HEADS UP: Concussion in Sports!
What is a concussion? A concussion is a brain injury. Concussions are caused by a bump, blow, or jolt to the head or body. Even a “ding”, “getting your bell run”, or what seems to be a mild bump or blow to the head can be serious. What parents/guardians should do if they think their child has a concussion?
1. OBEY THE NEW LAW (for high school sports). Keep your child out of participation until s/he is cleared to return by a licensed healthcare provider. Seek medical attention right away.
2. Teach your child that it’s not smart to play with a concussion.
3. Tell all of your child’s coaches and the student’s school nurse about ANY concussion.
STUDENTS—if you think you have a concussion: Tell your coaches and parents—never ignore a bump or blow to the head, even if you feel fine. Also, tell your coach if you think one of your teammates might have a concussion. Get a medical checkup—a physician or other licensed health care provider can tell you if you have a concussion, and when it is OK to return to play. Give yourself time to heal—if you have a concussion, your brain needs time to heal. While your brain is healing, you are much more likely to have another concussion. It is important to rest and not return to play until you get the OK from your health care professional.
What are signs/symptoms of a concussion? You cannot see a concussion. Signs and symptoms of concussion can show up right after the injury or may not appear to be noticed until days after the injury. If your teen reports one or more symptoms of concussion listed below, or if you notice the symptoms yourself, keep your teen out of play and seek medical attention right away.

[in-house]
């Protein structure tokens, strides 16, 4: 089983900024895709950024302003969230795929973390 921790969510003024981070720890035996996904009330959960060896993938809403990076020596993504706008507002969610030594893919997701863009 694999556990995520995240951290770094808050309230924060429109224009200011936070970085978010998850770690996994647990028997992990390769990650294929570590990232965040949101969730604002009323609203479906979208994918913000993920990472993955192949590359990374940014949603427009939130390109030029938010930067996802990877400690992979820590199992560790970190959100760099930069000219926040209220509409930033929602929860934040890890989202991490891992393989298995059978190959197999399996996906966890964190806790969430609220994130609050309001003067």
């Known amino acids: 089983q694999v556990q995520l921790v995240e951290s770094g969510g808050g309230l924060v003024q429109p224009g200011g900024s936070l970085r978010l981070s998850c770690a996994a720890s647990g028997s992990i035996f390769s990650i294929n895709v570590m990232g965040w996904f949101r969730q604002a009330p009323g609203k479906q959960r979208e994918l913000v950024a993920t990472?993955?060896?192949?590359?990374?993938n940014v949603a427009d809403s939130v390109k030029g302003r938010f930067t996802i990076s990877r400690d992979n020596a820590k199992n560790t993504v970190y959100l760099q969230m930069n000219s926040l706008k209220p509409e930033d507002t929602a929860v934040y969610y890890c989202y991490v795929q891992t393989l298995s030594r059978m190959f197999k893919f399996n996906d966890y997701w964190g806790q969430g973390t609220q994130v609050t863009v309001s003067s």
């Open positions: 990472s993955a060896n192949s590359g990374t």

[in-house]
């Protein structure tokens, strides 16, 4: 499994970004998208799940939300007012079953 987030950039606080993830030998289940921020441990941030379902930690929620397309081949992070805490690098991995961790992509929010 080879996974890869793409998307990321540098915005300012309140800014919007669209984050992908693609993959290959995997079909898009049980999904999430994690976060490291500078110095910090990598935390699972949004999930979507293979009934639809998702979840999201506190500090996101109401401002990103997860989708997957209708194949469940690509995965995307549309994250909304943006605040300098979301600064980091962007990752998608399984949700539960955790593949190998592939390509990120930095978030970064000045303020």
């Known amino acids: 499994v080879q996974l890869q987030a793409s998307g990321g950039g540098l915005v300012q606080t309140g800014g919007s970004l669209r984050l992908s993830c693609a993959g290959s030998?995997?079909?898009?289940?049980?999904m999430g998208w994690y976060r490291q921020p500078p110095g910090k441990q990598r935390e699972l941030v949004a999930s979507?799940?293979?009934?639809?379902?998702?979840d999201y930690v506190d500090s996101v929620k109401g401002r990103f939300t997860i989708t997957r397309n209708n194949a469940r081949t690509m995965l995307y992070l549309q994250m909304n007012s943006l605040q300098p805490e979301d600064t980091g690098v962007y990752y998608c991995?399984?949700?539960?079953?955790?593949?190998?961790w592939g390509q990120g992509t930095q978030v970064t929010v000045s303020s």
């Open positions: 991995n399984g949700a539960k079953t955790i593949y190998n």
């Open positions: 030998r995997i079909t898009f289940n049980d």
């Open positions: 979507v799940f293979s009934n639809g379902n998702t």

Signs reported by students:
- Headache or “pressure” in head
- Nausea or vomitting
- Balance problems or dizziness
- Double or blurry vision
- Sensitivity to light or noise
- Feeling sluggish, hazy, foggy, or groggy
- Concentration or memory problems
- Just not “feeling right” or is “feeling down”
PARENTS—HOW CAN YOU HELP YOUR CHILD PREVENT A CONCUSSION?
Every sport is different, but there are steps your children can take to protect themselves from concussion/injuries:
- Make sure they wear the right protective equipment for their activity. It should fit properly, be well maintained, and be worn consistently and correctly.
- Ensure that they follow their coaches’ rules for safety & the rules of the sport.
- Encourage them to practice good sportsmanship at all times.
Signs observed by Parents or Guardians:
- Appears dazed or stunned
- Is confused about assignment or position
- Forgets an instruction
- Is unsure of game, score, or opponent
- Moves clumsily
- Answers questions slowly
- Loses consciousness (even briefly)
- Shows mood, behavior, or personality changes
- Can’t recall events prior to hit or fall
- Can’t recall events after hit or fall
Information on concussions provided by the Centers for Disease Control & Prevention. For more information visit www.cdc.gov/Concussion